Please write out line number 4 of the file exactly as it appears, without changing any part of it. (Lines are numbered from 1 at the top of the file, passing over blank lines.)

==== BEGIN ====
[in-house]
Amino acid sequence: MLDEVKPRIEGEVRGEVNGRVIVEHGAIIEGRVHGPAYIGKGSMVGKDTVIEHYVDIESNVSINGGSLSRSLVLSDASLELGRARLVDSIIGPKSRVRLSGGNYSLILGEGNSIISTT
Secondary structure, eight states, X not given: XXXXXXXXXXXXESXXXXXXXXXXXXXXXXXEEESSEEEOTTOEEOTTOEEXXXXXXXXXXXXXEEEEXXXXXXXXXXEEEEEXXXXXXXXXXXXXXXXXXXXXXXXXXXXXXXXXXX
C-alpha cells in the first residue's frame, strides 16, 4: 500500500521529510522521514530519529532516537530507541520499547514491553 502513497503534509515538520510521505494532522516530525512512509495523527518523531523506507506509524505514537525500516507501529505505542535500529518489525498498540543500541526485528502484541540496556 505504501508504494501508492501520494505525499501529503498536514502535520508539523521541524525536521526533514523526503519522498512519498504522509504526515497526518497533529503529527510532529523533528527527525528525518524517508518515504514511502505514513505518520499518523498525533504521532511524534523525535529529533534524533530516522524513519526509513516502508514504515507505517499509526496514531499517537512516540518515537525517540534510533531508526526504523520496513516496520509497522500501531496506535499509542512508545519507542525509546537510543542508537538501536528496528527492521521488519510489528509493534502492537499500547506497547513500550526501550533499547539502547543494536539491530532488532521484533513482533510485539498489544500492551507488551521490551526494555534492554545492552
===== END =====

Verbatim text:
C-alpha cells in the first residue's frame, strides 16, 4: 500500500521529510522521514530519529532516537530507541520499547514491553 502513497503534509515538520510521505494532522516530525512512509495523527518523531523506507506509524505514537525500516507501529505505542535500529518489525498498540543500541526485528502484541540496556 505504501508504494501508492501520494505525499501529503498536514502535520508539523521541524525536521526533514523526503519522498512519498504522509504526515497526518497533529503529527510532529523533528527527525528525518524517508518515504514511502505514513505518520499518523498525533504521532511524534523525535529529533534524533530516522524513519526509513516502508514504515507505517499509526496514531499517537512516540518515537525517540534510533531508526526504523520496513516496520509497522500501531496506535499509542512508545519507542525509546537510543542508537538501536528496528527492521521488519510489528509493534502492537499500547506497547513500550526501550533499547539502547543494536539491530532488532521484533513482533510485539498489544500492551507488551521490551526494555534492554545492552